James: No, a lot of what I do in terms of photography has to do with the use of space, that’s a good question actually, cause a lot of times when I photograph the artist in their studios, a lot has to do with how the angles line up in terms of the door being a flat surface, the floor, how those work within the lens frame. Where the placement is, in the post production part, Photoshop kicks in and then I start to create that mystery of the photo as to what it is I wanted to capture. Take your photograph, it shows a lot in terms of what the lighting was like in your studio at that time, then the final product. Once again the use of Alfred Hitchcock in his color along with Vermeer, because I liked the way Vermeer showed the highlights of the face, his shadows are also very important but the combination of Vermeer and Alfred Hitchcock into those photographs which to me are an important aspect of how I want to portray the people I am portraying on the other side, you have to capture who that person is and not have my technique over shadow.
Mimi: You have to capture them rather quickly because you don’t do any background research, you just go in. That must be very interesting going into the different artists environments.
James: Yes, it is fun, I mean that whole avenue in terms of this photography project that started in Boston and is continuing here has been enlightening for me because I don’t research the people I am going to photograph, and they don’t know me, I don’t know them. It all comes down to, we sit down, we have a cup of coffee very much what I have done with you and we get to know each other, you see the way they eat, you see the way they drink their coffee, you see the way they want their coffee made, how they do it, you learn a lot from people and food and how they interact with their food. From that standpoint, that is when I start to develop who this individual is, what his or her art work is about and then come up together as two artists, they get to know me by seeing who I am, my coffee, how I eat, what I eat, so this process goes on and by the end we are artists we both work together and come up with the final image and the project itself is done, that is how I view these, it is a joint project with two people working together.
Mimi: Now speaking of food! I asked you what your request was for food and you wanted a meatball sub, so what is the connection with that, why a meatball sub?
James: I was really under pressure to come up with a food that would be interesting for me. My background is Italian on my mothers and fathers side and I thought what better, especially because I am from Philadelphia, so what better than a meatball sub! You can tell a lot about the way people cook by cooking a meatball and meatballs are, everyone has their own version of a meatball, so I wanted to see what your version of a meatball was and how you pulled it together and I have been quite impressed by the way you pulled it together, the combination of ingredients that you used shows me in terms of your creativity your forming, the whole bag you brought was a whole study in itself. I could photograph just the bag and done an installation piece really, six feet high almost like Klaus Oldenburg but in a different vein. So that is why I came up with that.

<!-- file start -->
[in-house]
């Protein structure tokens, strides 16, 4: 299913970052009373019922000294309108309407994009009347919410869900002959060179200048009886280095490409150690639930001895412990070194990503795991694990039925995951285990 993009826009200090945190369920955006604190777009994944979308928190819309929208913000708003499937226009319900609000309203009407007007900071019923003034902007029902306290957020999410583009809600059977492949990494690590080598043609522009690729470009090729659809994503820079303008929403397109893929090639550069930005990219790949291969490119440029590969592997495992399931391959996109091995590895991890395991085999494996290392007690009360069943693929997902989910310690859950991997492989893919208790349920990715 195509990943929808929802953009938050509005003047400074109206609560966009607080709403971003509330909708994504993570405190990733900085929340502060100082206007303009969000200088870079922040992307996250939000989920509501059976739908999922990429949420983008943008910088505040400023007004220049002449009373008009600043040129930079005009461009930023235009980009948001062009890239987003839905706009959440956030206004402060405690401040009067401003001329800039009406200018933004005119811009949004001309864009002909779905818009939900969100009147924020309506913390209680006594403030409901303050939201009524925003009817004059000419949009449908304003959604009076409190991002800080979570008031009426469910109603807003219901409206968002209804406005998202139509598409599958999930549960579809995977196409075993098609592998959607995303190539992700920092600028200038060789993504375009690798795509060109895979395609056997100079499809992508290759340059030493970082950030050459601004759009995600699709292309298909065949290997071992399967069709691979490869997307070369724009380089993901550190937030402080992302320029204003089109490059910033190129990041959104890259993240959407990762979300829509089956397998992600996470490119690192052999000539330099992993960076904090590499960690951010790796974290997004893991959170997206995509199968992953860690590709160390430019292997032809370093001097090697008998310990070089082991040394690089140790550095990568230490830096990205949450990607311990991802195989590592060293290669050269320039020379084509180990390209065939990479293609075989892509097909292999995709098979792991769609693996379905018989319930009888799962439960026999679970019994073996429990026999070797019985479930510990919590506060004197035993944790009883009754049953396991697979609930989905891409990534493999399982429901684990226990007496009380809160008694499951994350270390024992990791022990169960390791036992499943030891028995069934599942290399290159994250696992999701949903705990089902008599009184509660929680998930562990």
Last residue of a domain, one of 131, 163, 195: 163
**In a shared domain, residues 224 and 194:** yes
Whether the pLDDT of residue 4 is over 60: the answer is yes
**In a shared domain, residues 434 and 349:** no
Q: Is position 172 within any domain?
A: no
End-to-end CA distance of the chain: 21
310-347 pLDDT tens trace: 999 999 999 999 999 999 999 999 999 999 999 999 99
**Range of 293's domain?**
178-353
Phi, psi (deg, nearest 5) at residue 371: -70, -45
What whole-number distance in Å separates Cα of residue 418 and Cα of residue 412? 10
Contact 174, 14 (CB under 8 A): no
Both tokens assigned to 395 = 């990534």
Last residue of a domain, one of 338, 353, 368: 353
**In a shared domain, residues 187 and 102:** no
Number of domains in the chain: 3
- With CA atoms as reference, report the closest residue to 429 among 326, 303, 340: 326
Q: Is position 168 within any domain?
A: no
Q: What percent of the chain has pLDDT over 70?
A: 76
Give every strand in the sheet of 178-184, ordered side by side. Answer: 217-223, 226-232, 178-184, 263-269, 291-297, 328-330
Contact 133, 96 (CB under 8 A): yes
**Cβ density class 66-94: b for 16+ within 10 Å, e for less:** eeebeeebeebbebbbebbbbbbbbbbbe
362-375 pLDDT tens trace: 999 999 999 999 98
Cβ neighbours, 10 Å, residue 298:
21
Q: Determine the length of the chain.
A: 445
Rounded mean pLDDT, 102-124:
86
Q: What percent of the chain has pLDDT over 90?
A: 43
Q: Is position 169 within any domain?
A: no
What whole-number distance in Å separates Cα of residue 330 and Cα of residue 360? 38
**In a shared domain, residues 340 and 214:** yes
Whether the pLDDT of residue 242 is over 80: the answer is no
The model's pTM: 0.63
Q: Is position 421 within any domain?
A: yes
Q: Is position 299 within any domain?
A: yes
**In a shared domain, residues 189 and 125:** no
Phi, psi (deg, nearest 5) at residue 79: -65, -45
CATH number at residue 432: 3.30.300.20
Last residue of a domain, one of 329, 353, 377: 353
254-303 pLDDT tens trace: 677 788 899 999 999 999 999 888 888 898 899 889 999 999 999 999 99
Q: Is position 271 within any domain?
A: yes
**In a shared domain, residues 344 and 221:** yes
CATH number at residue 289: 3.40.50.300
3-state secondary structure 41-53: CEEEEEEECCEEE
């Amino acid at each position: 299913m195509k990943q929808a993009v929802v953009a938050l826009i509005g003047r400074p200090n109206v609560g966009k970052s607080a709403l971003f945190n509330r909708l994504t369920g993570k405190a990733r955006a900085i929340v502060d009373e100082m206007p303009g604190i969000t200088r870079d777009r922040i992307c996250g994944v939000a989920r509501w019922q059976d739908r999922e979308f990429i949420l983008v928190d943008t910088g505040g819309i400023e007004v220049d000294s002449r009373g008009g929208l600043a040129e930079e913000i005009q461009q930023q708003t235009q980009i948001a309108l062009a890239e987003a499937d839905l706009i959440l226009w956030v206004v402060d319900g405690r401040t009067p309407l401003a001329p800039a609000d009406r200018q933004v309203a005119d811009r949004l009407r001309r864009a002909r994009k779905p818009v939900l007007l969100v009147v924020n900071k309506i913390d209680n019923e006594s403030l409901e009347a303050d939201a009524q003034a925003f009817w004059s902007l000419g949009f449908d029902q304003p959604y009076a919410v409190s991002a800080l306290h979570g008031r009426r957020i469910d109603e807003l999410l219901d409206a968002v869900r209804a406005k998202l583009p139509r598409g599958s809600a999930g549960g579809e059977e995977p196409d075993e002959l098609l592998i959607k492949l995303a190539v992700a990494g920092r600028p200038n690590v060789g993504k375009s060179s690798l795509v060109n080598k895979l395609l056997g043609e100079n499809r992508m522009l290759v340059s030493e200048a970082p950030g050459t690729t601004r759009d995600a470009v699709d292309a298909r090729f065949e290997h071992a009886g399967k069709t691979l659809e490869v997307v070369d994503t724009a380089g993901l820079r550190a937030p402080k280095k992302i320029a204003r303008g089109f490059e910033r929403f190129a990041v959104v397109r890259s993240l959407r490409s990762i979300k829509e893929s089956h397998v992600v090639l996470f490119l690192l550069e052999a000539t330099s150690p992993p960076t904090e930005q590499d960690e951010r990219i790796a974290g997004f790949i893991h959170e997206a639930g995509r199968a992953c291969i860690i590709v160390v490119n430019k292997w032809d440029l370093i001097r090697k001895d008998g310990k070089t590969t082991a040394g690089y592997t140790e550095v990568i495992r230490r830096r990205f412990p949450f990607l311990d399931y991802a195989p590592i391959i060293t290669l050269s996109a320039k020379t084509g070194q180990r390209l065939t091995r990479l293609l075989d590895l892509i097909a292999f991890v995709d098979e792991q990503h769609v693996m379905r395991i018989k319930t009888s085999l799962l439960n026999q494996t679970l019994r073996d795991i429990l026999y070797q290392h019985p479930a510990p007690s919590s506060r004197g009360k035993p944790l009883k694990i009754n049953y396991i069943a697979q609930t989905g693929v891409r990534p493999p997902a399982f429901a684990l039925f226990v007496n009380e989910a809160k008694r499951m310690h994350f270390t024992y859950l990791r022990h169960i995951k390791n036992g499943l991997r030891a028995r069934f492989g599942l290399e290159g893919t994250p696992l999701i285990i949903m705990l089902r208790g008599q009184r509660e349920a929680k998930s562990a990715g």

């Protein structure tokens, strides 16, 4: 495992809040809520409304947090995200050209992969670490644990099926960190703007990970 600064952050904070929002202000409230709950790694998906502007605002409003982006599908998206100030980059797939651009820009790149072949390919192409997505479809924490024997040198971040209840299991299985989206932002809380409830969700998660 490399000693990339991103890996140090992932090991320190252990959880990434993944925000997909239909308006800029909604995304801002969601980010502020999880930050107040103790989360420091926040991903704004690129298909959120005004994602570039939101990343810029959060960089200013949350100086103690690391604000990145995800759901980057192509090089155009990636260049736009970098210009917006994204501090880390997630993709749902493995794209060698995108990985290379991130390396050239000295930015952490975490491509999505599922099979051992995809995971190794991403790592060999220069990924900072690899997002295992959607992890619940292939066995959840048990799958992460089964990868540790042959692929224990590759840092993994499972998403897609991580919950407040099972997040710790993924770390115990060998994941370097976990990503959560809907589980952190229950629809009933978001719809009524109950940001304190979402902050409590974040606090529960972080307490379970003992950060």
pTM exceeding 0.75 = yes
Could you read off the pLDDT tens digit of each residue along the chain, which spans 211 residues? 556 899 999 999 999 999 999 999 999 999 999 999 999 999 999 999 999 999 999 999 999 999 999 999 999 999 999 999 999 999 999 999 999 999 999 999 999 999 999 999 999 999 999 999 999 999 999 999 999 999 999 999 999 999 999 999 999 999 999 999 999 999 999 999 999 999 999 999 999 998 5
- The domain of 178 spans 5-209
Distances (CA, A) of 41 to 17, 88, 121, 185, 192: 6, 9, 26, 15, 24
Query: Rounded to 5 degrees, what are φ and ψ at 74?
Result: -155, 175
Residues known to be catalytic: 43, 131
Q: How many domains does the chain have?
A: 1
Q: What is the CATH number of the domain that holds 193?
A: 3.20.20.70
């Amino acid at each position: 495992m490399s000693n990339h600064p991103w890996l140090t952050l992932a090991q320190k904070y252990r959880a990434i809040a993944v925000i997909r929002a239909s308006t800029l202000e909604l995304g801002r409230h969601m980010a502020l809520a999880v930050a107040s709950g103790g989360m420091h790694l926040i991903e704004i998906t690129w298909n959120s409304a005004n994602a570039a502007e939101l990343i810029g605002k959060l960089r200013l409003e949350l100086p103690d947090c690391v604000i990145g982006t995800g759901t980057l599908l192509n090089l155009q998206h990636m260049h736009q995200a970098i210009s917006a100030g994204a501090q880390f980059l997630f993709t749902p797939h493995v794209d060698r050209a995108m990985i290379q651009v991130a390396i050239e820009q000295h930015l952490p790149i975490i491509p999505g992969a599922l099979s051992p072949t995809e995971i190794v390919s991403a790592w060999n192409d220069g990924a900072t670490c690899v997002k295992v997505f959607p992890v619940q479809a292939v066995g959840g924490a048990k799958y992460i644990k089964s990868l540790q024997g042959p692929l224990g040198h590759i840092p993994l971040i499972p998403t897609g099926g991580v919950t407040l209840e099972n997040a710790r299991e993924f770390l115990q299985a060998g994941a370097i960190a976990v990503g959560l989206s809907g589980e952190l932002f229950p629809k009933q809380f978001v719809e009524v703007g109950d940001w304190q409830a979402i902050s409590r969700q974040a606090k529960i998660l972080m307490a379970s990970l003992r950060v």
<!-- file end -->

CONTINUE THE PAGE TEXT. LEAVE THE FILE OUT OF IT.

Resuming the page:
Mimi: Yes, it is always a challenge, the food
James: Well, you learn a lot about people from the food.
Mimi: Yes, a lot of people want something that they find comforting and something from home, most people ask for that.
James: Something cozy
Mimi: Tell me about when you lived in France; you lived in France for ten years?
Mimi: How did you end up there?
James: It is a long story, one of the things I did when I was in New Hampshire, I was able to write grants for an artists’ colony in southern New Hampshire called MacDowell colony, I worked there for two years writing grants for them, it started off first doing historical research on one of the cabins there which was Evan MacDowell original cabin on the landscape which is probably 120-130 acres of grounds in southern New Hampshire where he would compose, he is an American composer. When he died his wife started this artist colony , so at the time I was there, there were 25 cabins in the woods which would support visual artists, musicians, playwrights, writers, poets, you name it, they would get there and for three months they wouldn’t have to pay anything , they get their own cabin if they were a musician they would make sure there was a grand piano in it, if they were painters they would make sure they had good light, whatever they would want, they would be able to get.
Mimi: Fantastic, does this still exist?
James: Yes, it still exists, it is an incredible place and I was lucky to be there. I did get a fellowship there for three months back in 1979, which was beneficial for me. That was one of the more instrumental pieces. The woman who was there was the director at the time was Nancy Englander, we got along very well together, she eventfully went to the Getty to head the Getty, she was able to get me a job being a director of an art colony in southern France was run by a Hungarian woman in Vass where Matisse had worked when he was convalescing. Matisse chapel is in Vass that once again is a long story. That is how I ended up in France. I used take journeys to Paris usually in the winter. I would take time off from the MacDowell, I would go there, spend three months there, play music in the subways